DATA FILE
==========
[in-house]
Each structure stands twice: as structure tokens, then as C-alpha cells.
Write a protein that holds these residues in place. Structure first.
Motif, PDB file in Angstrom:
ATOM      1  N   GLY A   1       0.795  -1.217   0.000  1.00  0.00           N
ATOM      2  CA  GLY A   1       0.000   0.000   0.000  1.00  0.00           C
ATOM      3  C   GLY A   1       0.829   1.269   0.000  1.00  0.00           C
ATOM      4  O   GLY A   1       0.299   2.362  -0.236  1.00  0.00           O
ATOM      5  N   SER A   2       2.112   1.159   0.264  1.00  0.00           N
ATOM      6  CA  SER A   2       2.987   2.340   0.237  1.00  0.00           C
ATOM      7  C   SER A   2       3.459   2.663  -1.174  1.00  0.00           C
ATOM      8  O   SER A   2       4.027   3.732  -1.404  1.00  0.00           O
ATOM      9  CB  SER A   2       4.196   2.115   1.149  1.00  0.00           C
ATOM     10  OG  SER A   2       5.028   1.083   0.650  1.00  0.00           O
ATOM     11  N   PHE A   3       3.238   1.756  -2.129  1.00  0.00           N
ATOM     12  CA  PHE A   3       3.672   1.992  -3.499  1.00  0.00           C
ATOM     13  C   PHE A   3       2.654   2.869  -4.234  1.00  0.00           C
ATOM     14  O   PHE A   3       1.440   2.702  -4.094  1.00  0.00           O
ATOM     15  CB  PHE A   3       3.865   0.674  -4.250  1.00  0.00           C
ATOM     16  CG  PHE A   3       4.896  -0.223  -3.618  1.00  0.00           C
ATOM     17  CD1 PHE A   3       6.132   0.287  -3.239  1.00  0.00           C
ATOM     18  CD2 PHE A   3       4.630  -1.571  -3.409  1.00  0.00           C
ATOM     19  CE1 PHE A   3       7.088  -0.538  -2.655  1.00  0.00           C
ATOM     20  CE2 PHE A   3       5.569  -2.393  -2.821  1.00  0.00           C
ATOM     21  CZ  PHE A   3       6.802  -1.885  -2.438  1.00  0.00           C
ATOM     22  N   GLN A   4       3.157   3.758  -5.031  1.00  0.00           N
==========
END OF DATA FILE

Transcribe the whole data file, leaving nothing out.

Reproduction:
[in-house]
Each structure stands twice: as structure tokens, then as C-alpha cells.
Write a protein that holds these residues in place. Structure first.
Motif, PDB file in Angstrom:
ATOM      1  N   GLY A   1       0.795  -1.217   0.000  1.00  0.00           N
ATOM      2  CA  GLY A   1       0.000   0.000   0.000  1.00  0.00           C
ATOM      3  C   GLY A   1       0.829   1.269   0.000  1.00  0.00           C
ATOM      4  O   GLY A   1       0.299   2.362  -0.236  1.00  0.00           O
ATOM      5  N   SER A   2       2.112   1.159   0.264  1.00  0.00           N
ATOM      6  CA  SER A   2       2.987   2.340   0.237  1.00  0.00           C
ATOM      7  C   SER A   2       3.459   2.663  -1.174  1.00  0.00           C
ATOM      8  O   SER A   2       4.027   3.732  -1.404  1.00  0.00           O
ATOM      9  CB  SER A   2       4.196   2.115   1.149  1.00  0.00           C
ATOM     10  OG  SER A   2       5.028   1.083   0.650  1.00  0.00           O
ATOM     11  N   PHE A   3       3.238   1.756  -2.129  1.00  0.00           N
ATOM     12  CA  PHE A   3       3.672   1.992  -3.499  1.00  0.00           C
ATOM     13  C   PHE A   3       2.654   2.869  -4.234  1.00  0.00           C
ATOM     14  O   PHE A   3       1.440   2.702  -4.094  1.00  0.00           O
ATOM     15  CB  PHE A   3       3.865   0.674  -4.250  1.00  0.00           C
ATOM     16  CG  PHE A   3       4.896  -0.223  -3.618  1.00  0.00           C
ATOM     17  CD1 PHE A   3       6.132   0.287  -3.239  1.00  0.00           C
ATOM     18  CD2 PHE A   3       4.630  -1.571  -3.409  1.00  0.00           C
ATOM     19  CE1 PHE A   3       7.088  -0.538  -2.655  1.00  0.00           C
ATOM     20  CE2 PHE A   3       5.569  -2.393  -2.821  1.00  0.00           C
ATOM     21  CZ  PHE A   3       6.802  -1.885  -2.438  1.00  0.00           C
ATOM     22  N   GLN A   4       3.157   3.758  -5.031  1.00  0.00           N